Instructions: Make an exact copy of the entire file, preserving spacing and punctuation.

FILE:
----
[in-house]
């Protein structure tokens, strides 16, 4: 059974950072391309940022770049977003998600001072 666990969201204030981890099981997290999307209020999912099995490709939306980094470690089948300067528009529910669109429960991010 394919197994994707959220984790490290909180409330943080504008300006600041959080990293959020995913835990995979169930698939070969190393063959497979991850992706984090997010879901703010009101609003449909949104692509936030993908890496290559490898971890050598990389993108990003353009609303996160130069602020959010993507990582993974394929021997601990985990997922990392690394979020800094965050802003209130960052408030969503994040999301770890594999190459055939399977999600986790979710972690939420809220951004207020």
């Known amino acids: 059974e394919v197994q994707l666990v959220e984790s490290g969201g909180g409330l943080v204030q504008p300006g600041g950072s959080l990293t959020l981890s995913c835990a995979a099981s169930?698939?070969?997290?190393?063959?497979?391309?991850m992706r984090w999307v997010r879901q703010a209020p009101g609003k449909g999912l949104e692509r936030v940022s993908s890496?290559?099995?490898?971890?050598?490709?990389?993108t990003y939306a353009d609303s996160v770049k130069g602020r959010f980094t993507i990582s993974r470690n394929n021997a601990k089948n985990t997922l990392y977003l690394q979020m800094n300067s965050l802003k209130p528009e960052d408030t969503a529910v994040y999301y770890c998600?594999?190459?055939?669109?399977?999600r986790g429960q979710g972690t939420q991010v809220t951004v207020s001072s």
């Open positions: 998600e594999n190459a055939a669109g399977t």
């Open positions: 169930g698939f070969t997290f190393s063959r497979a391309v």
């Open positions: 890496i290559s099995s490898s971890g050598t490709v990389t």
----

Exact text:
[in-house]
């Protein structure tokens, strides 16, 4: 059974950072391309940022770049977003998600001072 666990969201204030981890099981997290999307209020999912099995490709939306980094470690089948300067528009529910669109429960991010 394919197994994707959220984790490290909180409330943080504008300006600041959080990293959020995913835990995979169930698939070969190393063959497979991850992706984090997010879901703010009101609003449909949104692509936030993908890496290559490898971890050598990389993108990003353009609303996160130069602020959010993507990582993974394929021997601990985990997922990392690394979020800094965050802003209130960052408030969503994040999301770890594999190459055939399977999600986790979710972690939420809220951004207020």
């Known amino acids: 059974e394919v197994q994707l666990v959220e984790s490290g969201g909180g409330l943080v204030q504008p300006g600041g950072s959080l990293t959020l981890s995913c835990a995979a099981s169930?698939?070969?997290?190393?063959?497979?391309?991850m992706r984090w999307v997010r879901q703010a209020p009101g609003k449909g999912l949104e692509r936030v940022s993908s890496?290559?099995?490898?971890?050598?490709?990389?993108t990003y939306a353009d609303s996160v770049k130069g602020r959010f980094t993507i990582s993974r470690n394929n021997a601990k089948n985990t997922l990392y977003l690394q979020m800094n300067s965050l802003k209130p528009e960052d408030t969503a529910v994040y999301y770890c998600?594999?190459?055939?669109?399977?999600r986790g429960q979710g972690t939420q991010v809220t951004v207020s001072s």
């Open positions: 998600e594999n190459a055939a669109g399977t």
């Open positions: 169930g698939f070969t997290f190393s063959r497979a391309v």
């Open positions: 890496i290559s099995s490898s971890g050598t490709v990389t």